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10 “Dont’s” of a Domestic Violence Temporary Restraining Order (TRO)

Posted by Richard DeMichele | Feb 03, 2014 | 0 Comments

What Not to Do When You Get a TRO

Understanding what has happened is vital for somebody who is accused of domestic violence. What do we mean? The temporary restraining order (“TRO”) that a defendant receives is a formal order which is many pages in length and can be quite confusing. Worse yet, a Temporary Restraining Order, by it's very nature, is issued in ex parte. “Ex parte” means that the order was issued by judge without notice to the defendant or an opportunity for the defendant to be heard. The defendants opportunity to be heard comes at the hearing for a final restraining order. These hearing usually happen within 10 to 20 days of the service of the temporary restraining order upon the defendant Even if the defendant is ultimately found not to have committed an act of domestic violence at the final restraining order hearing, they can be prosecuted for violating the terms of the TRO while it was in effect. The penalties for violating a restraining order can be significant. Here are 10 things you should not do when served with a temporary restraining order:

  1. Don't contact the Plaintiff. This means no phone calls, no e-mails, no text messages, no gifts of any type.
  2. Don't go to the plaintiff's home. This is true even if the home is in your name.
  3. Don't retrieve any personal property from the plaintiff's home. This is true even if you know the plaintiff is not at the home when you plan to be there. The only time you should ever go to the plaintiff's home is whenever specifically provided for in your restraining order and you have a police escort.
  4. Don't try to communicate with the plaintiff through third parties. This includes sending messages to the plaintiff with the children.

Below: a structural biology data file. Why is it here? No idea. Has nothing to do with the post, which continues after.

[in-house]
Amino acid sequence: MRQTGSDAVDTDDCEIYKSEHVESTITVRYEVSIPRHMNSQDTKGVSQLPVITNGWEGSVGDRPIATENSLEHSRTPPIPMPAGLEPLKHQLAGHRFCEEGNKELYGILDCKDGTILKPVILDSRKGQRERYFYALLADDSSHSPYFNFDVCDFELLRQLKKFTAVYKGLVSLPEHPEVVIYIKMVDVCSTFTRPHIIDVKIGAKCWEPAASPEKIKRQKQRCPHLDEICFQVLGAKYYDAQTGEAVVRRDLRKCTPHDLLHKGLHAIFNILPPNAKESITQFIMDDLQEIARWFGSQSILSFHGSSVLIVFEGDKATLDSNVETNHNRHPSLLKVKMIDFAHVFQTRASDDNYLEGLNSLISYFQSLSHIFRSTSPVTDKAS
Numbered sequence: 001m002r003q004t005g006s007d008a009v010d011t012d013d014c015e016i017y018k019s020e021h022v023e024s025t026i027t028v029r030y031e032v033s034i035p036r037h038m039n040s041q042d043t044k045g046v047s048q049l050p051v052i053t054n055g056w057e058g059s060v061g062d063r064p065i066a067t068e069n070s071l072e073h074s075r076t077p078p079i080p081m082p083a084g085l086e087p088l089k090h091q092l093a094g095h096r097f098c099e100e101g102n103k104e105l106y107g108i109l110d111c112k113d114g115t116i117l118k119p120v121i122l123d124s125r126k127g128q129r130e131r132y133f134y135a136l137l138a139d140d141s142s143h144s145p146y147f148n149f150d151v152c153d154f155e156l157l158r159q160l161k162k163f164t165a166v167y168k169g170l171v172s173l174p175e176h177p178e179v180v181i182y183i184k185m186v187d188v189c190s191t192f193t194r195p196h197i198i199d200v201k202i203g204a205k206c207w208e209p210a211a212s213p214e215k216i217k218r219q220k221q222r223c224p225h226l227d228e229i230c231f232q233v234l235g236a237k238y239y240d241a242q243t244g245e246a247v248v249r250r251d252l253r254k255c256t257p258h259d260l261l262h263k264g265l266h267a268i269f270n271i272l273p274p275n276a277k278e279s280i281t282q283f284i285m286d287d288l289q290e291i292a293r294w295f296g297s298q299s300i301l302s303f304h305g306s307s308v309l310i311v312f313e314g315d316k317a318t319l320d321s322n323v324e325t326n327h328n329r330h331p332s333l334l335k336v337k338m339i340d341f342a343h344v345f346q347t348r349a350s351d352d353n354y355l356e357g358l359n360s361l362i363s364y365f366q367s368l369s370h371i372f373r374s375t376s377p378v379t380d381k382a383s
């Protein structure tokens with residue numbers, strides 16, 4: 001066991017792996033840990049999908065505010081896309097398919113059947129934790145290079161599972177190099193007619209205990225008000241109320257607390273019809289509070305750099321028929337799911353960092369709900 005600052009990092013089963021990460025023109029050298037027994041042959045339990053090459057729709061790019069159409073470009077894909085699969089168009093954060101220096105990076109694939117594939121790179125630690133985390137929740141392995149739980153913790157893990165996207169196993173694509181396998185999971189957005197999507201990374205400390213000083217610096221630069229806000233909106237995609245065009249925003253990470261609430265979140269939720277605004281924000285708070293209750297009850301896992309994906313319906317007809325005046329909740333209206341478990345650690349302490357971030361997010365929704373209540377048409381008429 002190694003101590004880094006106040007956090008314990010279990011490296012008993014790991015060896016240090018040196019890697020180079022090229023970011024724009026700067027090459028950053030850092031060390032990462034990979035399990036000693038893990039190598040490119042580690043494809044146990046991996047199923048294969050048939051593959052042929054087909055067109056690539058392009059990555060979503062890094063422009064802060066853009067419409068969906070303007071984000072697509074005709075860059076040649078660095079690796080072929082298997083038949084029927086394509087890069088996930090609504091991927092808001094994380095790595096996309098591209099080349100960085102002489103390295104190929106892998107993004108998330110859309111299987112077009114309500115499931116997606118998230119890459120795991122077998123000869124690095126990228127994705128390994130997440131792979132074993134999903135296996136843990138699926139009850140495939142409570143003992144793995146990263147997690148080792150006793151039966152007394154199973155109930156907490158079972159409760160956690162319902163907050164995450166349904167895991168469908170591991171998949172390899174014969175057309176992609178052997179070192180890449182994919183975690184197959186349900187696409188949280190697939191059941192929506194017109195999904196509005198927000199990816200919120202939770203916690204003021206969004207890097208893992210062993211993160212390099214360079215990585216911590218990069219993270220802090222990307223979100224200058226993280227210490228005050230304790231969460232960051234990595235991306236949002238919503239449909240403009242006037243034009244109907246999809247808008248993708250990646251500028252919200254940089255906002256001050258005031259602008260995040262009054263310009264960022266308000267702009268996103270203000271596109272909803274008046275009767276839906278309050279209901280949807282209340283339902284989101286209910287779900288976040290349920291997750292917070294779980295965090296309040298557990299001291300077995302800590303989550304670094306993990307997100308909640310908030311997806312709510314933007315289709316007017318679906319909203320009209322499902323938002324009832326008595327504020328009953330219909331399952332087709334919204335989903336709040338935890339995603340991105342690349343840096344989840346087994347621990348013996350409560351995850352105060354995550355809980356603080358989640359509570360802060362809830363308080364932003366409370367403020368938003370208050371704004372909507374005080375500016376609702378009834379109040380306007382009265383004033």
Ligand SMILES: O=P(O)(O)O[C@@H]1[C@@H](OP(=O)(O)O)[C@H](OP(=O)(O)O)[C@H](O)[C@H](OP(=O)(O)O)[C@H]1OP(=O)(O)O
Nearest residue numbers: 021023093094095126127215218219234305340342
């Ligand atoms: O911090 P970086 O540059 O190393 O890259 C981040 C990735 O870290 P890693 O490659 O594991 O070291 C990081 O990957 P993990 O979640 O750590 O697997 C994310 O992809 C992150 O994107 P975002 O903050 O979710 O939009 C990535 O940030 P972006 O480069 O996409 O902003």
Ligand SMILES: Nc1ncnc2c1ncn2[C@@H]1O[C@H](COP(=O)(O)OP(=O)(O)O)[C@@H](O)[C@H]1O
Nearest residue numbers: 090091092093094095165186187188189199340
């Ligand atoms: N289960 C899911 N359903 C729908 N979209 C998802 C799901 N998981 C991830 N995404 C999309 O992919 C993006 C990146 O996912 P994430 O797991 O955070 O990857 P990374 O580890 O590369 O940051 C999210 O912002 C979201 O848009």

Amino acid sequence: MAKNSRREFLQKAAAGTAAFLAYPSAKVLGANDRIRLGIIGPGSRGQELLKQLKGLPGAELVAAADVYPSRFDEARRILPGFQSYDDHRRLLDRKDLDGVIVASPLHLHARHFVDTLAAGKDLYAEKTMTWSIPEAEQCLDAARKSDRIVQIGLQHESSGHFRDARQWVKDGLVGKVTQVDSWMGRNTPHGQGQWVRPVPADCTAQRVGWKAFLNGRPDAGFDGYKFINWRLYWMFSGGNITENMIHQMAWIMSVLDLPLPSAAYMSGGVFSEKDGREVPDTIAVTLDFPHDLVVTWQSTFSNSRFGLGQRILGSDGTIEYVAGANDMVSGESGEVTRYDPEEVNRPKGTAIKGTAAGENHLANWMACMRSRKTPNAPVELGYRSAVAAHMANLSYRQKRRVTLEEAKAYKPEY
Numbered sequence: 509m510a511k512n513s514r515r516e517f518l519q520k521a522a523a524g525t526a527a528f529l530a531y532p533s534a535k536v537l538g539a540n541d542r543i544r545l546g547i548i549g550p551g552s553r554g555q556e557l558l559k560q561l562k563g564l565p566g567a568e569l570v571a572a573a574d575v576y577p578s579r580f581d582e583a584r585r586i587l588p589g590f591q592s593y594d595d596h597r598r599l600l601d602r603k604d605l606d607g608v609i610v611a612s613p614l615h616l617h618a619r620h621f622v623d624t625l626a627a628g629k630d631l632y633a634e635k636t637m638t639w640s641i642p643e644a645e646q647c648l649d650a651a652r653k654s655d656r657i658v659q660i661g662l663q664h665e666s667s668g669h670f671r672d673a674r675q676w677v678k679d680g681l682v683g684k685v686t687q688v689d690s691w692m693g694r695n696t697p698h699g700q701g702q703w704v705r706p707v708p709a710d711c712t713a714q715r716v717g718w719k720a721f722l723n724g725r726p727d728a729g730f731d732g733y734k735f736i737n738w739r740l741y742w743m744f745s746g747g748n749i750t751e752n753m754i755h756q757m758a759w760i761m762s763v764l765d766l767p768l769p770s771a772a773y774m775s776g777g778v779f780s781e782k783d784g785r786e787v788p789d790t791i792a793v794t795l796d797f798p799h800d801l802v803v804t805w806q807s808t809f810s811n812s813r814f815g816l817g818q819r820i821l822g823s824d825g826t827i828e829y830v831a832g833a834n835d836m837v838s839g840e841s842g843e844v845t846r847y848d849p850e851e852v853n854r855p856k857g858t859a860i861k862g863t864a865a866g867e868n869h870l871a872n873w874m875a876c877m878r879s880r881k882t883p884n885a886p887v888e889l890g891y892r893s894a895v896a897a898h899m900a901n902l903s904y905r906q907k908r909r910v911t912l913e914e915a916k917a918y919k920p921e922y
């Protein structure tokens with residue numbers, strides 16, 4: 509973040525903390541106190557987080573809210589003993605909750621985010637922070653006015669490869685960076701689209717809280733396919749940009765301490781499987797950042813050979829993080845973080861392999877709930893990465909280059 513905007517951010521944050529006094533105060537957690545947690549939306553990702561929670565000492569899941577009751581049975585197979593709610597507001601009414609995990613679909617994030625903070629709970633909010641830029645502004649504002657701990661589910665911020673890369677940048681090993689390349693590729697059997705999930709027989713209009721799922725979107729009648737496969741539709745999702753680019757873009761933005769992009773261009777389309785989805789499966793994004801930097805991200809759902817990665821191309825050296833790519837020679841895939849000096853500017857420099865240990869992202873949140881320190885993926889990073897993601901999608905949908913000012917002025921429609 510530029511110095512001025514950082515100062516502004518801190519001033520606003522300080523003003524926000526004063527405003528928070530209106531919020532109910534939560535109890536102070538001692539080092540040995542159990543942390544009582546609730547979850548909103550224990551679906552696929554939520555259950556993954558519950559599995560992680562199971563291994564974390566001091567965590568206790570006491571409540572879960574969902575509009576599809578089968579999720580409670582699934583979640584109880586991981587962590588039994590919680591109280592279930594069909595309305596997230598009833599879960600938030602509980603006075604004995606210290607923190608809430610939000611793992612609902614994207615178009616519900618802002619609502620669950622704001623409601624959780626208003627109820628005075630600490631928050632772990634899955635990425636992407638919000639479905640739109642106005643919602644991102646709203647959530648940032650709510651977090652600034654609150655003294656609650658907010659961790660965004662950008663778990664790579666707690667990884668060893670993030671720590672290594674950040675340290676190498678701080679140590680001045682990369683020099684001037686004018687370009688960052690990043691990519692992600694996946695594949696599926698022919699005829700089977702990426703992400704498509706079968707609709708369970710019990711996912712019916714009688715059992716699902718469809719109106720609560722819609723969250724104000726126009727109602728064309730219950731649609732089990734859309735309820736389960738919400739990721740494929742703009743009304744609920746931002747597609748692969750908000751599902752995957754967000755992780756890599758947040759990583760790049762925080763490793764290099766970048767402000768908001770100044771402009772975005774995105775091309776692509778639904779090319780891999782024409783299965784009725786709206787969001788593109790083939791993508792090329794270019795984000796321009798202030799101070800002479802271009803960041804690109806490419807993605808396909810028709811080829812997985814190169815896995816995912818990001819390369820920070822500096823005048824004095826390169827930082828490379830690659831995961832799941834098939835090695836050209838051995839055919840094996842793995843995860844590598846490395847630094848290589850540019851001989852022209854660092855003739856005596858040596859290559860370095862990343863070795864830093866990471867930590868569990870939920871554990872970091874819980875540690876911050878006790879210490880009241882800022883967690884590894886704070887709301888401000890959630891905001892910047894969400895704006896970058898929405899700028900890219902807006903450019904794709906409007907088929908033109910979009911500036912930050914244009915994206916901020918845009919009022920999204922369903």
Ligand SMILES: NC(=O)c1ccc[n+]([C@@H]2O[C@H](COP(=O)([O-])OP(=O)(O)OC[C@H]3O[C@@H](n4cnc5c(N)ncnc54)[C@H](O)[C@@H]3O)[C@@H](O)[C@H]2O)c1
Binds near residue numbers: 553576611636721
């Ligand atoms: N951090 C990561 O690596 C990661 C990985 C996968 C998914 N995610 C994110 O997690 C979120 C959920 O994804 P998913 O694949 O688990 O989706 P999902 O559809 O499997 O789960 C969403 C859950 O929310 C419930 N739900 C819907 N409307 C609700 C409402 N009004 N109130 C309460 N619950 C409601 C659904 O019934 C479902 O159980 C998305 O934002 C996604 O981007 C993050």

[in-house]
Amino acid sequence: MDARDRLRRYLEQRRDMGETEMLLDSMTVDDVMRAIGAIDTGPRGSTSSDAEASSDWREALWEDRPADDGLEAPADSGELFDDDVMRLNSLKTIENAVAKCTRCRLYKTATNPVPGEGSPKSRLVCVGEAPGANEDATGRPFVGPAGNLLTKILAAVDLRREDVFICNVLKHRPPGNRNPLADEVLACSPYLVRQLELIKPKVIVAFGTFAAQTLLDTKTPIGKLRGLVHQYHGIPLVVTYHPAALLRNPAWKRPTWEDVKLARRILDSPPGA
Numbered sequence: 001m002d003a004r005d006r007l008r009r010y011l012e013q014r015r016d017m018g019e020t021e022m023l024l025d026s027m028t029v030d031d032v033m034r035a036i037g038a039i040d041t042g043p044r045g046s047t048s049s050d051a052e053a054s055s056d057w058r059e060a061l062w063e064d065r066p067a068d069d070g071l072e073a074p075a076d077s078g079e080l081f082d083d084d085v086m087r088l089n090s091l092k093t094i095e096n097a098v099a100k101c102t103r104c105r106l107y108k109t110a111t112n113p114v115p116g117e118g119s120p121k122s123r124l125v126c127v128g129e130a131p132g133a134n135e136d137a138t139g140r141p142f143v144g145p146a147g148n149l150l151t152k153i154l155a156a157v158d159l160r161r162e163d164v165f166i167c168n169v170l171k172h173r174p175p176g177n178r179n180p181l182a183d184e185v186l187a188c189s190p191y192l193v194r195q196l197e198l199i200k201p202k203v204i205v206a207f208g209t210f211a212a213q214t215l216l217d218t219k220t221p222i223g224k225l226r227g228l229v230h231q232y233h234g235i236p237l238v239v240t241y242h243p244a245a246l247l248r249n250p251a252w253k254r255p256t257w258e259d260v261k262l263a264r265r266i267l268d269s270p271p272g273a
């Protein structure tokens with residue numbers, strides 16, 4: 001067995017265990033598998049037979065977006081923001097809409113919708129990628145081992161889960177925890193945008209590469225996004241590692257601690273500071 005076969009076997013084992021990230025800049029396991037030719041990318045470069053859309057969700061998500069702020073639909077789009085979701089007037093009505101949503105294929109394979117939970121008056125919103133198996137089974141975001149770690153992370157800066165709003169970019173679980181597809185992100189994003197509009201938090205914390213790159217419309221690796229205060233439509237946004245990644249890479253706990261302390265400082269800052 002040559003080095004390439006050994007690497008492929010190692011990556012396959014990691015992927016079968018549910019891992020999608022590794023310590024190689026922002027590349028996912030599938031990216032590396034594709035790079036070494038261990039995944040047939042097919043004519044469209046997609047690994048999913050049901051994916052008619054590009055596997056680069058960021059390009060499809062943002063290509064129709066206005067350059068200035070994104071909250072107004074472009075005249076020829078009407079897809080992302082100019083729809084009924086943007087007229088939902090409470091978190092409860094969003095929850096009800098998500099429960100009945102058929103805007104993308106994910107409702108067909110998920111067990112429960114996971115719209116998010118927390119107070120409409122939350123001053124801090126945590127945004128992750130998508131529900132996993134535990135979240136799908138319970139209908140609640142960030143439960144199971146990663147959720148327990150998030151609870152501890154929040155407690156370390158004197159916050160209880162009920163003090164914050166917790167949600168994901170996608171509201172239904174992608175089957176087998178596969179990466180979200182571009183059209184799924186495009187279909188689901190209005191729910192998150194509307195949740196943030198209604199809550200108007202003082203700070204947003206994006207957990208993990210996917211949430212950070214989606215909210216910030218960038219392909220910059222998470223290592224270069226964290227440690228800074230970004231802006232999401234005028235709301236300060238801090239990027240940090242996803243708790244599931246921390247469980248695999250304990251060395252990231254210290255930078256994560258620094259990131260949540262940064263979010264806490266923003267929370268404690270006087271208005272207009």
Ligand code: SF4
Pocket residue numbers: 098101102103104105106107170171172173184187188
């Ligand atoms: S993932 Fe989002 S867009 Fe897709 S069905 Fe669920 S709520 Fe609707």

5. Don't contact the plaintiff's employer or family members.  Many TROs prohibit contact with the plaintiffs employer and family members.
  6. Don't respond to the plaintiffs attempts to communicate with you while the TRO is in effect. Remember, the TRO does not prevent the plaintiff from contacting you but it does prevent you from communicating with the plaintiff.
  7. Don't disregard the TRO just because the plaintiff told you he or she was dismissing it. Only a Judge can dismiss a TRO.
  8. Don't try to exercise parenting time or visitation with the children while the TRO is in effect. Many TROs give the plaintiff temporary custody of the children.  A prior parenting time order does not trump a temporary restraining order. You may exercise parenting time with your children if the temporary restraining order specifically provides for parenting time.
  9. Don't skip your FRO hearing.  Every TRO has a “return date” when a judge will decide if there is enough evidence to convert the temporary restraining order (TRO) to a final restraining order (FRO). If you cannot be in court on the day of your hearing, then you must contact the court and have the hearing rescheduled. If you fail to appear in court, it is very likely that a Final Restraining Order will be entered against you.
  10. Don't wait to get a lawyer. Domestic violence restraining orders are civil in nature but carry significant penalties if you are found to have committed an act of domestic violence. Violations of restraining orders can result in criminal penalties including significant jail time.

We have helped many client who have been accused of committing Domestic Violence in New Jersey.  If you have been accused of committing domestic violence, please Contact Us today. A DeMichele & DeMichele attorney will carefully scrutinize you accuser's proofs (or lack thereof), discuss possible defenses and work tirelessly to defend your rights. during this emotionally trying time.

About the Author

Richard DeMichele

Richard A. DeMichele, Jr. is a seasoned litigator, devoting a substantial part of his practice to family law and personal injury matters.


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